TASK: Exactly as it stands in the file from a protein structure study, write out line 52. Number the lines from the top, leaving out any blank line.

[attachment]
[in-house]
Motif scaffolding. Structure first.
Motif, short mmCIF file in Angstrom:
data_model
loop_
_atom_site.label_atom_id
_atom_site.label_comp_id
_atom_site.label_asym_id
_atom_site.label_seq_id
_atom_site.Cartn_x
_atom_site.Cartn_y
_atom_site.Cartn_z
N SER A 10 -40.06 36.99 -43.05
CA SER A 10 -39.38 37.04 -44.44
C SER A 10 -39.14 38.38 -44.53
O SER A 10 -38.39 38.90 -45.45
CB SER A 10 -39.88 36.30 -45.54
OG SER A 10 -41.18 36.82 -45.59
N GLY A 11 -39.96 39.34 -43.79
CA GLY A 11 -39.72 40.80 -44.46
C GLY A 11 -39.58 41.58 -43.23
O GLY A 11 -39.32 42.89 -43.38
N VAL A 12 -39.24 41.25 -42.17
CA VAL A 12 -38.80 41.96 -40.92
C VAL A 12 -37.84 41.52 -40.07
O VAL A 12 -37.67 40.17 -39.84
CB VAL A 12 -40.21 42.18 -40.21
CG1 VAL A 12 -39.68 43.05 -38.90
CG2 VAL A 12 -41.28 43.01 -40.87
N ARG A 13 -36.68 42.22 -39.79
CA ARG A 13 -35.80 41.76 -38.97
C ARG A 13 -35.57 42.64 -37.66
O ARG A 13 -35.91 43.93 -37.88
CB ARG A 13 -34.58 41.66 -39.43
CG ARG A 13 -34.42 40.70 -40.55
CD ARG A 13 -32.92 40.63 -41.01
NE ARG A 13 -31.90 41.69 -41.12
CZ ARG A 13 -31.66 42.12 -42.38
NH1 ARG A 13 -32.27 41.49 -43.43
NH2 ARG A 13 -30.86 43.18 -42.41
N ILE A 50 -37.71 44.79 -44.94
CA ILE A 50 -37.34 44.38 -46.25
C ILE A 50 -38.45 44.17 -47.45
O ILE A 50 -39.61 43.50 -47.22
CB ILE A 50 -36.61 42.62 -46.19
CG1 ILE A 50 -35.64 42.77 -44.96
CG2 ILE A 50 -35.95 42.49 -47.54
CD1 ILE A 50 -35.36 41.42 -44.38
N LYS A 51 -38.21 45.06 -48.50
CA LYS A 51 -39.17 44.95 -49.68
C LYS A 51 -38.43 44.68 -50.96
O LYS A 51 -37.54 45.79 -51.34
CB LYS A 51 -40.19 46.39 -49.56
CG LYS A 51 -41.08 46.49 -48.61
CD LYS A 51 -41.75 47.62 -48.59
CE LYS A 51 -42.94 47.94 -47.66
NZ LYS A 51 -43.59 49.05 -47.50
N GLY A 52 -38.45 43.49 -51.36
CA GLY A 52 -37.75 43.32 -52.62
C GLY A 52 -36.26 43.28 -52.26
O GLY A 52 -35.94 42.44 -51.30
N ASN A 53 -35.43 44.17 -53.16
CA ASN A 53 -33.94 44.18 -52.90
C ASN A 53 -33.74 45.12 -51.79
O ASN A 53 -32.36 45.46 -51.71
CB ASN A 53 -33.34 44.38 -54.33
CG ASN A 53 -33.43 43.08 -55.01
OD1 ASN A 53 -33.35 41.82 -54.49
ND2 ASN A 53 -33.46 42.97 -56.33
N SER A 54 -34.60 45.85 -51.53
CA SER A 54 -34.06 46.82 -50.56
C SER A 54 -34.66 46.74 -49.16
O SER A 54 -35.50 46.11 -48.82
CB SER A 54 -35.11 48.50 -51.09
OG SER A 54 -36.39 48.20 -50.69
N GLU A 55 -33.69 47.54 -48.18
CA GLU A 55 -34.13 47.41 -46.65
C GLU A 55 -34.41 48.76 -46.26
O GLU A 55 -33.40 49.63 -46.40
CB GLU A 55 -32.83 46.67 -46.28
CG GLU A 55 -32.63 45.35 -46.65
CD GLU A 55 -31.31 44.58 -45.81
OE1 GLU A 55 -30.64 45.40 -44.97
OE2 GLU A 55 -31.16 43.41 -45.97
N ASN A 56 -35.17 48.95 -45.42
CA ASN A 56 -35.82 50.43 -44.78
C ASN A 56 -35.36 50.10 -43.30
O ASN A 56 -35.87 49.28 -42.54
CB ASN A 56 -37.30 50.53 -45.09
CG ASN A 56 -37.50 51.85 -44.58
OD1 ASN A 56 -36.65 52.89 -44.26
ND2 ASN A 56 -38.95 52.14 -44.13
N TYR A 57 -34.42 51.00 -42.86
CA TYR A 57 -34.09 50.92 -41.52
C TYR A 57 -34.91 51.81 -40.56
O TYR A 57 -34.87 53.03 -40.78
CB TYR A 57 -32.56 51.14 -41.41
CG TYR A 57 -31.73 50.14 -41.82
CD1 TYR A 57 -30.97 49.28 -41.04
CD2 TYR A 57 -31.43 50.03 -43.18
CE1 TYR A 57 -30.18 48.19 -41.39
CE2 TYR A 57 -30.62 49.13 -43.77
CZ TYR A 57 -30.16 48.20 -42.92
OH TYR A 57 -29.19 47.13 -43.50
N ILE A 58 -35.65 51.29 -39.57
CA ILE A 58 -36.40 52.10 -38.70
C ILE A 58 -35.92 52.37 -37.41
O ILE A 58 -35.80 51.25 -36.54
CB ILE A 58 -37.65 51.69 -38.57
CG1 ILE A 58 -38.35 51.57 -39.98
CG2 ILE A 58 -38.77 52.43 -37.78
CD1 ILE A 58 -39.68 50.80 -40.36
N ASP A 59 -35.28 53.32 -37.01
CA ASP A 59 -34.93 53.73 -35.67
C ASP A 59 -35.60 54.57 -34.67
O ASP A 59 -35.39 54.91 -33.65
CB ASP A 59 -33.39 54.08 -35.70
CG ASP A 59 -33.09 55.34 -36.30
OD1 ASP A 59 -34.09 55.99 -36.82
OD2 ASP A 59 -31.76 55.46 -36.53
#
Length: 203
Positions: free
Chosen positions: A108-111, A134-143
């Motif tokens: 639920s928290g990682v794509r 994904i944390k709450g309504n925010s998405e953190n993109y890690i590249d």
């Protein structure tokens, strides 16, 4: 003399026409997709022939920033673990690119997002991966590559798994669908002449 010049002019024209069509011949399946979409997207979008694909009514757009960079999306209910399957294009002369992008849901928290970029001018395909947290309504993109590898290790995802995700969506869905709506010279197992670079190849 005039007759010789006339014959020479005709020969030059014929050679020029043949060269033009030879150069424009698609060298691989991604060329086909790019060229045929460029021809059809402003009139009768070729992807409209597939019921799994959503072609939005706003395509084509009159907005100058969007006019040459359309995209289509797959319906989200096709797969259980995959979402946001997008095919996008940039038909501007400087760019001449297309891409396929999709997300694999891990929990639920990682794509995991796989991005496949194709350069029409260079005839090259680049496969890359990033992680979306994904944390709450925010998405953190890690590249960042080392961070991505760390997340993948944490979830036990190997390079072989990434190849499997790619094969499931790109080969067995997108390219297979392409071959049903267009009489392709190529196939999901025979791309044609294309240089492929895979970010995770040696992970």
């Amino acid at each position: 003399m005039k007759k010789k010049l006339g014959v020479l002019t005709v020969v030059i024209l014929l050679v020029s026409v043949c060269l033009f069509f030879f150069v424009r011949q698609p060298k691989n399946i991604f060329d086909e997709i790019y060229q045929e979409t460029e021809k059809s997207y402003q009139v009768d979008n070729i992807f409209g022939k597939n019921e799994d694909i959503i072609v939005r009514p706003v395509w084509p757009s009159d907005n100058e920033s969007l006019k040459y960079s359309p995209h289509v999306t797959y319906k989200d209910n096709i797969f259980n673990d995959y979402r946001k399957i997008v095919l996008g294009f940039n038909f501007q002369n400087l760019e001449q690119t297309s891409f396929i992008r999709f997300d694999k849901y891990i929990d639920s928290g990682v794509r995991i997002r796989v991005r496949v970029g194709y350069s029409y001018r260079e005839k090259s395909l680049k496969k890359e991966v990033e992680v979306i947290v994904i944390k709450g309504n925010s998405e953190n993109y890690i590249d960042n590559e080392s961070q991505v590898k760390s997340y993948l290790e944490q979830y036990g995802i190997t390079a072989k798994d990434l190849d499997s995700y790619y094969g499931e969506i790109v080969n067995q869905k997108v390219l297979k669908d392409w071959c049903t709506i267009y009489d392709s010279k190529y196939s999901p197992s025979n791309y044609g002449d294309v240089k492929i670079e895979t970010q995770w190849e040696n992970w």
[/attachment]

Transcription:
O LYS A 51 -37.54 45.79 -51.34